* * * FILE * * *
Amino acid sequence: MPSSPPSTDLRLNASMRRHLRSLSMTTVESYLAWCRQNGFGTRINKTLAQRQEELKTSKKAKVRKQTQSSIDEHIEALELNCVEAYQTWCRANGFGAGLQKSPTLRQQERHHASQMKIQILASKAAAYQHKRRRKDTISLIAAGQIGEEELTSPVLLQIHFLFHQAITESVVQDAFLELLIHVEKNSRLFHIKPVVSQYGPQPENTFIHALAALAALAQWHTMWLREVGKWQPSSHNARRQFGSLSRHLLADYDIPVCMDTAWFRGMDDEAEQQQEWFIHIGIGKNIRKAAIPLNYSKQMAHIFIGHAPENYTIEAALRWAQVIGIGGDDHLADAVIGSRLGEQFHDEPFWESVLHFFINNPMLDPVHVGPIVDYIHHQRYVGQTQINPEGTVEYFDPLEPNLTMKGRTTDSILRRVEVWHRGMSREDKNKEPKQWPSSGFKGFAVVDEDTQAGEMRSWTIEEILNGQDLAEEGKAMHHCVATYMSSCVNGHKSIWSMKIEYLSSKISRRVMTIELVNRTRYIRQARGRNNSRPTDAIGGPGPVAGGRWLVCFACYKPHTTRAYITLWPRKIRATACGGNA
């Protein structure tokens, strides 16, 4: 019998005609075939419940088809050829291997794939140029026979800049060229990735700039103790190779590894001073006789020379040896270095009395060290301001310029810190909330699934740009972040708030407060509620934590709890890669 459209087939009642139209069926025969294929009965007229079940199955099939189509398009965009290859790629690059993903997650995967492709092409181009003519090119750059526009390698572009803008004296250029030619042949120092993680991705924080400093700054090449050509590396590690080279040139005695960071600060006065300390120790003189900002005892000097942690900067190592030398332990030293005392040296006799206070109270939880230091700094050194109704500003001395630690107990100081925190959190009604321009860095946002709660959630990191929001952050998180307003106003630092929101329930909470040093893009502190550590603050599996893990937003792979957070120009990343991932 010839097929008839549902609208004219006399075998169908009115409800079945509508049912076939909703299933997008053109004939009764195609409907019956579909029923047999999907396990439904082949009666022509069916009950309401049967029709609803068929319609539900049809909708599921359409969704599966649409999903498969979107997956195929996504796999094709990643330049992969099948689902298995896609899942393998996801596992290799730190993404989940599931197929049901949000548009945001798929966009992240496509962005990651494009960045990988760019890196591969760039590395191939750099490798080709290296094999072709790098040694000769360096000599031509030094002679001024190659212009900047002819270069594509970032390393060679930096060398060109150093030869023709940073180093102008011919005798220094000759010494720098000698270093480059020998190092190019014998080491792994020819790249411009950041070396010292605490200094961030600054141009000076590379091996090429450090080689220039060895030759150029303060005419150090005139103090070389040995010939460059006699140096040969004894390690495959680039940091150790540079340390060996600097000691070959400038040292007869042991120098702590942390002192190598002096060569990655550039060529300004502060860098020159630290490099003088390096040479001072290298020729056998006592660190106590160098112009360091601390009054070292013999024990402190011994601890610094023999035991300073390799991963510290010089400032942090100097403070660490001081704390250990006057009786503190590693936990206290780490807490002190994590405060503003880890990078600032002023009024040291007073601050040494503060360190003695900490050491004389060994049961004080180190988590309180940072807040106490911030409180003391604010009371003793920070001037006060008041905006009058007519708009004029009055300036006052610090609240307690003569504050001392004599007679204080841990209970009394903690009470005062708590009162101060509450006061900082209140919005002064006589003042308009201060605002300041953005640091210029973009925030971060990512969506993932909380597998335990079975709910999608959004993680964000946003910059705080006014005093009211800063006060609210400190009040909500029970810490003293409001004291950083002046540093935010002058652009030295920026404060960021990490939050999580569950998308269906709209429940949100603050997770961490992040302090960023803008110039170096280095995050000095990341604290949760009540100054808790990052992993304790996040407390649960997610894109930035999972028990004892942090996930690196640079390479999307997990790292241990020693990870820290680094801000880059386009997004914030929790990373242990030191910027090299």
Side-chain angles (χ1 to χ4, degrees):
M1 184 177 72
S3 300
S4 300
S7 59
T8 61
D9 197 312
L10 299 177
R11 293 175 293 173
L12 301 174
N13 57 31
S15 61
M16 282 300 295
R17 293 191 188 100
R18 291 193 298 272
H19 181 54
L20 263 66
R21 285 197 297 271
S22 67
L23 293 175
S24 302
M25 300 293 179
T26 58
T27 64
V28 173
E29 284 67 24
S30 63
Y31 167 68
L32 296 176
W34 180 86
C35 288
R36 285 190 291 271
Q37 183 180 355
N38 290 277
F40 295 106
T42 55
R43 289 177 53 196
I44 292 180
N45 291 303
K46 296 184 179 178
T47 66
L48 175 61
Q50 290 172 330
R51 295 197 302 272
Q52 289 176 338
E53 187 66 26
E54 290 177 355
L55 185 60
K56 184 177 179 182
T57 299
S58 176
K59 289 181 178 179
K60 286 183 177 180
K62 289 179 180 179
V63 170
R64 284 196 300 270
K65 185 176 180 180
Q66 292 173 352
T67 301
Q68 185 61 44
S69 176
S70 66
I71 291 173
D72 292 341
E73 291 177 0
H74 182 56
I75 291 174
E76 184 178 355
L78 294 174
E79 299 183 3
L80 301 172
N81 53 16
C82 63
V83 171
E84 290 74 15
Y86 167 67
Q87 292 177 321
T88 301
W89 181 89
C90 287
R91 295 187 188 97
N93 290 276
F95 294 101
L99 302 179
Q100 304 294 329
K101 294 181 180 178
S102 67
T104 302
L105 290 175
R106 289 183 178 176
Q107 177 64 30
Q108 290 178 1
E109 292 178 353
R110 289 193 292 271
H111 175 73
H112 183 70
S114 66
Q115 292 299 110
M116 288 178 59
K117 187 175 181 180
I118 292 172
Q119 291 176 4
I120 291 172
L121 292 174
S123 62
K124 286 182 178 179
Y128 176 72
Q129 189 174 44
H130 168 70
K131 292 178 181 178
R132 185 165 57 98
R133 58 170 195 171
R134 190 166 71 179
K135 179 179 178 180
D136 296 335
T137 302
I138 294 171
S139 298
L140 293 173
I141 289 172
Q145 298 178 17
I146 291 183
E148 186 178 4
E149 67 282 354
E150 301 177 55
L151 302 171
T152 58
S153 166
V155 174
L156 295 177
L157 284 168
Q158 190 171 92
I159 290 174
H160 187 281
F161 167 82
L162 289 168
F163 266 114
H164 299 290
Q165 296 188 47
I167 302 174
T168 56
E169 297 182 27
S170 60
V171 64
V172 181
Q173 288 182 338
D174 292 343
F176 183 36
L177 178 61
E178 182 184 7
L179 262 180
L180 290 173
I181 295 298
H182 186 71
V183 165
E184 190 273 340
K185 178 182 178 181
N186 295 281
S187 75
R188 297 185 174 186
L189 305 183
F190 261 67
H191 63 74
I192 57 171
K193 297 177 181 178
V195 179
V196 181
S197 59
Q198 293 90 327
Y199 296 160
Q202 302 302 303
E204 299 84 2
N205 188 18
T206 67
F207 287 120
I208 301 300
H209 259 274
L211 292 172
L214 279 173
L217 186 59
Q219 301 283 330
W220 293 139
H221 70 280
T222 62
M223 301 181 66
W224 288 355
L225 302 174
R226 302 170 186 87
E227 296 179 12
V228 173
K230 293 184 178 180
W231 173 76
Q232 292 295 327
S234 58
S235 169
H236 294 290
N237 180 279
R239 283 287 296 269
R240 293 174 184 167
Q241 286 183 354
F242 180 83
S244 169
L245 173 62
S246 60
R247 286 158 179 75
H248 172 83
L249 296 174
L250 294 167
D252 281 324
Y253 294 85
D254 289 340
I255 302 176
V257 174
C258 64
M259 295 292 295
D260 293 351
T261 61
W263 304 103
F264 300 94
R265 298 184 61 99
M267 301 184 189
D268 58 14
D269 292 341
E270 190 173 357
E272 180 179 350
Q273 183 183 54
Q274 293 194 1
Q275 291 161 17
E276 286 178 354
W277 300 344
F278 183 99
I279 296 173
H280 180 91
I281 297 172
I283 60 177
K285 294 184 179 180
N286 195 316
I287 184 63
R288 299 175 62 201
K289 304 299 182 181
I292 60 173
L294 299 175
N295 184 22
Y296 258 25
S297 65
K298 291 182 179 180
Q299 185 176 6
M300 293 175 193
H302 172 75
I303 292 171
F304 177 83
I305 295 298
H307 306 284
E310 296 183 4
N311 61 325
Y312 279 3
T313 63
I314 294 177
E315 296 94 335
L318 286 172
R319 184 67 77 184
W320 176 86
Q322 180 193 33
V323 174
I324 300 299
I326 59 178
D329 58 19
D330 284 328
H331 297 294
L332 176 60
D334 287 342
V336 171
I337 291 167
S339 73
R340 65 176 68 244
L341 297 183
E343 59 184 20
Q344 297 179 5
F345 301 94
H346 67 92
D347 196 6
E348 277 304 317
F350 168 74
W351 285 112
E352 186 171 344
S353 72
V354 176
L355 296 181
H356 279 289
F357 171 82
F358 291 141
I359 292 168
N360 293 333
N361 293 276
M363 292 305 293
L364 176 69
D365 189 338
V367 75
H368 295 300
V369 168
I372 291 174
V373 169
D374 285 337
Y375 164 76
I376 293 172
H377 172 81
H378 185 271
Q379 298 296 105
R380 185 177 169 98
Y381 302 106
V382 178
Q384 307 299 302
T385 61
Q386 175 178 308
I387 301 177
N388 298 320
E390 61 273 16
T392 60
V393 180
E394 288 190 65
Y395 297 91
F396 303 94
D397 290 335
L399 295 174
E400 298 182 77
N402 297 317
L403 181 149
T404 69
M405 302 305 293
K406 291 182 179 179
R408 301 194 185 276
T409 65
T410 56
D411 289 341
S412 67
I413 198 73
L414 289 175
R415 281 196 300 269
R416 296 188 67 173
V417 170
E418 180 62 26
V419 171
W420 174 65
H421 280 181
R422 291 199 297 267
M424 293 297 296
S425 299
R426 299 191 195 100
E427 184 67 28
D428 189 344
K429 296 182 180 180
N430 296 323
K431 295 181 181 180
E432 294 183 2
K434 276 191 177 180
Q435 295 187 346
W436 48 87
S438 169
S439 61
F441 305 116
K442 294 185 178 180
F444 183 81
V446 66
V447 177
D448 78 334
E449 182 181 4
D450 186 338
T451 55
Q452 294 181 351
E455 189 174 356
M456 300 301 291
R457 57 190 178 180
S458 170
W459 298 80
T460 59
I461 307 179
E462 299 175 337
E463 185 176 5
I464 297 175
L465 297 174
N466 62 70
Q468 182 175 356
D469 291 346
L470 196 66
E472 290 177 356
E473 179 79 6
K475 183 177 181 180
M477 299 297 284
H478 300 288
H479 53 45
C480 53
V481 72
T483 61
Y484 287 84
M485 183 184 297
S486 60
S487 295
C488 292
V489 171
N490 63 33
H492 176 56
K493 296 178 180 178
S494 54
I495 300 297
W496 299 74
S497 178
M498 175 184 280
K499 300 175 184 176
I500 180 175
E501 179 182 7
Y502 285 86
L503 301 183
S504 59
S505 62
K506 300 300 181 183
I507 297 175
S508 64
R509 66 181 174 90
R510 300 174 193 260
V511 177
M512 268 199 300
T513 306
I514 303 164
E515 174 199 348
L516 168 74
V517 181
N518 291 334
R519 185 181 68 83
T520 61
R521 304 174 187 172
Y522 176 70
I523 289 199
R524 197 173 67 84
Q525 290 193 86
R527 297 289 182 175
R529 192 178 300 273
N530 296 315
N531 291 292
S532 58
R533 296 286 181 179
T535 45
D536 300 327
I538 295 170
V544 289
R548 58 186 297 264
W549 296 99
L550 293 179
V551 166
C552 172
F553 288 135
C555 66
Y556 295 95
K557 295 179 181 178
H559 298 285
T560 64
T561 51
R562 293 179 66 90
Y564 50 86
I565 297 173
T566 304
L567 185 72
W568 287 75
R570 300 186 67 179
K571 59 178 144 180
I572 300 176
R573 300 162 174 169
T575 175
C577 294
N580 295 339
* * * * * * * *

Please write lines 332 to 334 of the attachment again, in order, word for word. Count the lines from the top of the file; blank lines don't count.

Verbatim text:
K406 291 182 179 179
R408 301 194 185 276
T409 65